Near Dark (1987) from Johnny Web (Uncle Scoopy; Greg Wroblewski)

After years of being out of print, Kathryn Bigelow's maiden directorial effort is now available on a 2-disk DVD which includes a digitally remastered print of the film and a boatload of extras, including a new 47 minute documentary made especially for the DVD.


none. none in the deleted scenes
Like all "cult" films, especially those with a period of limited availability, it is often praised lavishly by genre lover and on genre sites. Beware. Unless you are a major buff of fantasy films, more specifically vampire films, you will not find this to be a movie of special merit.

The premise is that vampires in the modern age could be anyone, not just European aristocratic types. In this case, they are redneck trailer trash types from the Southwestern U.S. Jenny Wright, the nicest of the band, falls in love with a human. She tries to keep her passion in check, but they're young and in love, so she ends up "infecting" her lover.

DVD info from Amazon.

  • widescreen anamorphic format, 1.85

  • full-length audio commentary by the director

  • all new 47 minute "making of" documentary

  • deleted scene

  • original screenplay

  • storyboards, stills, posters

During the plot's development, the movie plays out like a cross between Interview With a Vampire and Desperado, or maybe more like a rhapsodic dream-poetry version of From Dawn til Dusk, as if that film had been directed by Michael Mann or Adrian Lyne instead of Robert Rodriguez.

I'm not much of a vampire film guy, and this was no exception for me. The film has one glaring and irritating continuity error, and it also has a cop-out solution to the lovers' problem. They can get a transfusion and rejoin humanity. Yawn. That despite the fact that some of their fellow undead were hundreds of years old.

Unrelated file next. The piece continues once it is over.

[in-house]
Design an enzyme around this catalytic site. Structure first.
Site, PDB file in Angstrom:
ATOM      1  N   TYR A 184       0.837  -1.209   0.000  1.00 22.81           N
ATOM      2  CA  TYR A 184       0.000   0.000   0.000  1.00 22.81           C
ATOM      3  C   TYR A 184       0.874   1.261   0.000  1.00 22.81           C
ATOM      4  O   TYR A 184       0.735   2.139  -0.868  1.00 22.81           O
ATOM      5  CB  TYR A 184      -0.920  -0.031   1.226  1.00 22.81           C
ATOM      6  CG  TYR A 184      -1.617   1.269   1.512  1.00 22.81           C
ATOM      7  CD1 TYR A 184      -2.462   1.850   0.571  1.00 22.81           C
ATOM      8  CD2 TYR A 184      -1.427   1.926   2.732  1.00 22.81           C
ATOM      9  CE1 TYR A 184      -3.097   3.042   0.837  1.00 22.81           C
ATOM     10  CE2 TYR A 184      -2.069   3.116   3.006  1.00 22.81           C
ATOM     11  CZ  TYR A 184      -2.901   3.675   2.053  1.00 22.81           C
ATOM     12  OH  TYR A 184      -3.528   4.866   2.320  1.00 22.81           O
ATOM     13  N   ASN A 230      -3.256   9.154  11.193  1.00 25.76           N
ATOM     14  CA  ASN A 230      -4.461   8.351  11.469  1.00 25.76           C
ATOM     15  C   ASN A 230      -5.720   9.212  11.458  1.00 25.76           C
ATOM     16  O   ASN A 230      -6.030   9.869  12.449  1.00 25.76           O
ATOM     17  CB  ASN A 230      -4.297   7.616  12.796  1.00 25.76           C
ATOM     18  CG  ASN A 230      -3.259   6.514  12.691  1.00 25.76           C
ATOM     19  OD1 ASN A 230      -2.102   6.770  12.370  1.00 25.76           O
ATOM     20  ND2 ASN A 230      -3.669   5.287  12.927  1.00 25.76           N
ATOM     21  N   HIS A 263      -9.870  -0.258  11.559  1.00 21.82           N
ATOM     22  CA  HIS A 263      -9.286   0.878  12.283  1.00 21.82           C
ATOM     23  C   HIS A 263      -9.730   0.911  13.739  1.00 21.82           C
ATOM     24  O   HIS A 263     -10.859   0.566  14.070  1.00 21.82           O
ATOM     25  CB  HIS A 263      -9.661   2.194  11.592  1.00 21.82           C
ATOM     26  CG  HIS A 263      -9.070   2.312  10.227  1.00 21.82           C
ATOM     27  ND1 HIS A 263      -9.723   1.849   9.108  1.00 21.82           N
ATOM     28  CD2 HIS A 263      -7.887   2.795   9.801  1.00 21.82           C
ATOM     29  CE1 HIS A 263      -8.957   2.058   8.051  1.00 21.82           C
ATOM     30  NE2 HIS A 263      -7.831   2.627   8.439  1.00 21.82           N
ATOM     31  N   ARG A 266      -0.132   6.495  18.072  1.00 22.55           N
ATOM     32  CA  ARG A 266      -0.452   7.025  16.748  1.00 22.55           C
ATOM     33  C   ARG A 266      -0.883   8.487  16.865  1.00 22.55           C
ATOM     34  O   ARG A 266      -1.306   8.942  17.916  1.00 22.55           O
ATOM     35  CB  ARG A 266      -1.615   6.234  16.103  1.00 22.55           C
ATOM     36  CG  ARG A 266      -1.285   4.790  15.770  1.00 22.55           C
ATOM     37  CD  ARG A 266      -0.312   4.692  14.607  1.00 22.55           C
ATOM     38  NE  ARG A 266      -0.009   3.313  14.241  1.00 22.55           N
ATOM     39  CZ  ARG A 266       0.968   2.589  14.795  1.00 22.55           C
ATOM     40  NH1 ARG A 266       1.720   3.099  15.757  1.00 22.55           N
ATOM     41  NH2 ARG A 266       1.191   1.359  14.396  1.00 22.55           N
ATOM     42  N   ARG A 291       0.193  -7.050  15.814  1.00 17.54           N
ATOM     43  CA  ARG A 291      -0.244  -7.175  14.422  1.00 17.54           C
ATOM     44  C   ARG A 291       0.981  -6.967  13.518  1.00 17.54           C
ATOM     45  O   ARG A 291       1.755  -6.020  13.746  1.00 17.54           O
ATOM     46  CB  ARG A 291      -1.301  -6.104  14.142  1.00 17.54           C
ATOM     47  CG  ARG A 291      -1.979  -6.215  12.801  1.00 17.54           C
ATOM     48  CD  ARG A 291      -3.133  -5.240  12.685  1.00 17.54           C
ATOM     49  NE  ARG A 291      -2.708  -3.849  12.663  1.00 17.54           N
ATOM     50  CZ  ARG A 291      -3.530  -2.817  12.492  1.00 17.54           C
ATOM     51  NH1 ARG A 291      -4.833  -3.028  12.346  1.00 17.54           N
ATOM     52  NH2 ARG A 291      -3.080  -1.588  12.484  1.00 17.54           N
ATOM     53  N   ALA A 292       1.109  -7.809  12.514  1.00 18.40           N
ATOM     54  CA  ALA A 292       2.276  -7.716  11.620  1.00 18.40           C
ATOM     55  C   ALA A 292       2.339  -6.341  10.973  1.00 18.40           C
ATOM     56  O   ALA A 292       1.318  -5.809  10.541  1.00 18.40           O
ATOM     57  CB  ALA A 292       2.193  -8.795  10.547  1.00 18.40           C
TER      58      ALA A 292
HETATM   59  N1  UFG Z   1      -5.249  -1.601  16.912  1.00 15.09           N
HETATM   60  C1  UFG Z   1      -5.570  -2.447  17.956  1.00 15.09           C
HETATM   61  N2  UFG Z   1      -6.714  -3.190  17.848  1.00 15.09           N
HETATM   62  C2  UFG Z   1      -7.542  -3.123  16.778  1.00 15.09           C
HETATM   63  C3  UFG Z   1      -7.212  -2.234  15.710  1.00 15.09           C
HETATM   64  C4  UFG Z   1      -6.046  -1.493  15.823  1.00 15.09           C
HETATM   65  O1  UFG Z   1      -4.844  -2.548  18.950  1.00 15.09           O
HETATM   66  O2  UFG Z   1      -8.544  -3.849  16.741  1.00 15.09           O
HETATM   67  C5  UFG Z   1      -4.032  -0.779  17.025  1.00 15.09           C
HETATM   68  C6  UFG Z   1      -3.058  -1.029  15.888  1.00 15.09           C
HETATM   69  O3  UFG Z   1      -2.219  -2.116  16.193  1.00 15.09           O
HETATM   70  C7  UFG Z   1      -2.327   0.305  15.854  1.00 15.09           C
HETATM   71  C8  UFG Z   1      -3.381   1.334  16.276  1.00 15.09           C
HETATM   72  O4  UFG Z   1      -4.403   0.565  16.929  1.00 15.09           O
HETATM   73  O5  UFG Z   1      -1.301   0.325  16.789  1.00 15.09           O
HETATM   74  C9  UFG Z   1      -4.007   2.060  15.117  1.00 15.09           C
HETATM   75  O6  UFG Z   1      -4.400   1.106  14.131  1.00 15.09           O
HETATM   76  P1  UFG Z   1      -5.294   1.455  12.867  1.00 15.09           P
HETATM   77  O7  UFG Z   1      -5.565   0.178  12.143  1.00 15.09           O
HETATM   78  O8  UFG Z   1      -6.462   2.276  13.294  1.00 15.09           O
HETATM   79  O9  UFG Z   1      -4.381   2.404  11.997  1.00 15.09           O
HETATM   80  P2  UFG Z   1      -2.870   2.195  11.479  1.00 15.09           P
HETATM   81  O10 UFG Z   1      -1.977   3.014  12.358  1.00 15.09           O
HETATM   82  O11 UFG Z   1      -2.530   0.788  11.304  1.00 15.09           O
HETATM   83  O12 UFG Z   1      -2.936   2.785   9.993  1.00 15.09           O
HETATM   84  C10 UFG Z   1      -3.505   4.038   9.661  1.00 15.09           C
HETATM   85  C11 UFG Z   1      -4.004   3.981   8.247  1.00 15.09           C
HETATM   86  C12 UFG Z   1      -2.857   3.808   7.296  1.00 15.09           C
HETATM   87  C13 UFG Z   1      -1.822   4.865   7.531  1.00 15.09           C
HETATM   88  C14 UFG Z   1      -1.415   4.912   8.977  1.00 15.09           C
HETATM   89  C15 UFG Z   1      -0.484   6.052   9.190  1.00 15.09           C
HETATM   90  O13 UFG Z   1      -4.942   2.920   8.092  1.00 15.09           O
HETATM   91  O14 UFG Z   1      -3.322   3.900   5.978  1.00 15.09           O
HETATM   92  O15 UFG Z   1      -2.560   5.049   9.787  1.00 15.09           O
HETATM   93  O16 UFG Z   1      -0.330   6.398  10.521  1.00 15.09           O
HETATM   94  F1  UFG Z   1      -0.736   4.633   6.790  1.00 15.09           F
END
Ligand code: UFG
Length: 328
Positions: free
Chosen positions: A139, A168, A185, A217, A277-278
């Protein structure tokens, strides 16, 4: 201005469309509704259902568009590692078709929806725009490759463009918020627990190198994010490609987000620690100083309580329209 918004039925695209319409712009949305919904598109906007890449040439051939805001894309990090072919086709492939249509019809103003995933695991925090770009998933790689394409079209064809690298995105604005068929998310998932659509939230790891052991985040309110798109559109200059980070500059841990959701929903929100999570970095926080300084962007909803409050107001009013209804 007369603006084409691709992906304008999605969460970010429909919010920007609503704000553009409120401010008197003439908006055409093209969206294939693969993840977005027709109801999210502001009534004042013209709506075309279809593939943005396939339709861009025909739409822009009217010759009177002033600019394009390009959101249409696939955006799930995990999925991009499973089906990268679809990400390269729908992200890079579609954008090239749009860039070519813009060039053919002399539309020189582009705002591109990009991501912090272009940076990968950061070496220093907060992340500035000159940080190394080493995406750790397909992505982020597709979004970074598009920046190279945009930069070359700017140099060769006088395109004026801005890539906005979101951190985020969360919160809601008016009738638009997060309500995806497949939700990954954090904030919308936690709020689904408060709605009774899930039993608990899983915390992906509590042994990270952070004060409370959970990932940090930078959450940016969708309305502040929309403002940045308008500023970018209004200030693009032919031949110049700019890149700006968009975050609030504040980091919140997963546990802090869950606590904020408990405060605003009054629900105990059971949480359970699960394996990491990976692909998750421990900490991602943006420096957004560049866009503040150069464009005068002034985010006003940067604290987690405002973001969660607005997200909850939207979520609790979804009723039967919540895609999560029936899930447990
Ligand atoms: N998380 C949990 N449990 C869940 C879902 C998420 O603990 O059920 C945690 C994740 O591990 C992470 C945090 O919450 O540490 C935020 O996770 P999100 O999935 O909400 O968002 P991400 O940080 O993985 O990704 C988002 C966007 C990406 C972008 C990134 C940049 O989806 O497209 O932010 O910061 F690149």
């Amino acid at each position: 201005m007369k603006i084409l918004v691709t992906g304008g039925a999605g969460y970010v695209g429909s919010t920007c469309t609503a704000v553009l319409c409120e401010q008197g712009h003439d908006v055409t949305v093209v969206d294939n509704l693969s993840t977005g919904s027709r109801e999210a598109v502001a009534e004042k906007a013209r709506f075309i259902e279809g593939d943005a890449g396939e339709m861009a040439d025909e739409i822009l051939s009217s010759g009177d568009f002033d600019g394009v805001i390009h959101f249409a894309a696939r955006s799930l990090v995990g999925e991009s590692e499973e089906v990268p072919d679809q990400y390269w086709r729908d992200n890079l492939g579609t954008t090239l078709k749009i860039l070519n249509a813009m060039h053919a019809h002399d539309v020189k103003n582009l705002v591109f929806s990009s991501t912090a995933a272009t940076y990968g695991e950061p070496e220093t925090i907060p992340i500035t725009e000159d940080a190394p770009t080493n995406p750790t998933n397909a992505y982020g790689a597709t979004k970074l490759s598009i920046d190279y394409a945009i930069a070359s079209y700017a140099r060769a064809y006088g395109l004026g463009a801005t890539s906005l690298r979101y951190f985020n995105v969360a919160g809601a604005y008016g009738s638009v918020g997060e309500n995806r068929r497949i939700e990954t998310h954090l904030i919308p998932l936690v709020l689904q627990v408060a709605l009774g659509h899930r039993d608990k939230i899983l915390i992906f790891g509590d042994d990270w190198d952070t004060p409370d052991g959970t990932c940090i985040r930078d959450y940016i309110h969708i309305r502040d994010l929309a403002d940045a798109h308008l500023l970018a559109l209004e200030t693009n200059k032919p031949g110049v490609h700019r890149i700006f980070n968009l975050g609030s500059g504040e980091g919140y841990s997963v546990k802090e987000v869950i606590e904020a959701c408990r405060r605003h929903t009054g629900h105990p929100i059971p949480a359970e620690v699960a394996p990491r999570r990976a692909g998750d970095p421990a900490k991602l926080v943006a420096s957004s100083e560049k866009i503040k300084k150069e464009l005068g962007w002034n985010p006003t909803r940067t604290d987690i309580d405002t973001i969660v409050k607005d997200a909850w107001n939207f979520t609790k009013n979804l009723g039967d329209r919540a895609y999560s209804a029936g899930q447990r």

The Critics Vote

  • 3/5

  • The film won some fantasy film awards

The People Vote ...

  • with their dollars: it grossed $3.4 million in the USA


IMDb guideline: 7.5 usually indicates a level of excellence, about like three and a half stars from the critics. 6.0 usually indicates lukewarm watchability, about like two and a half stars from the critics. The fives are generally not worthwhile unless they are really your kind of material, about like two stars from the critics. Films under five are generally awful even if you like that kind of film, equivalent to about one and a half stars from the critics or less, depending on just how far below five the rating is.

My own guideline: A means the movie is so good it will appeal to you even if you hate the genre. B means the movie is not good enough to win you over if you hate the genre, but is good enough to do so if you have an open mind about this type of film. C means it will only appeal to genre addicts, and has no crossover appeal. D means you'll hate it even if you like the genre. E means that you'll hate it even if you love the genre. F means that the film is not only unappealing across-the-board, but technically inept as well.

Based on this description, this film is a C-. Given a fairly wide release in October of 1987, it lasted two weeks in theaters, then became a staple of HBO programming and HBO home video, but the video was out of print and the film has been off the HBO schedule since the mid 90's, so this release is a real treat for cultists and genre buffs. Others, find other ways to pass your time. Despite the 100% good comments at Rotten Tomatoes, I found it barely watchable.

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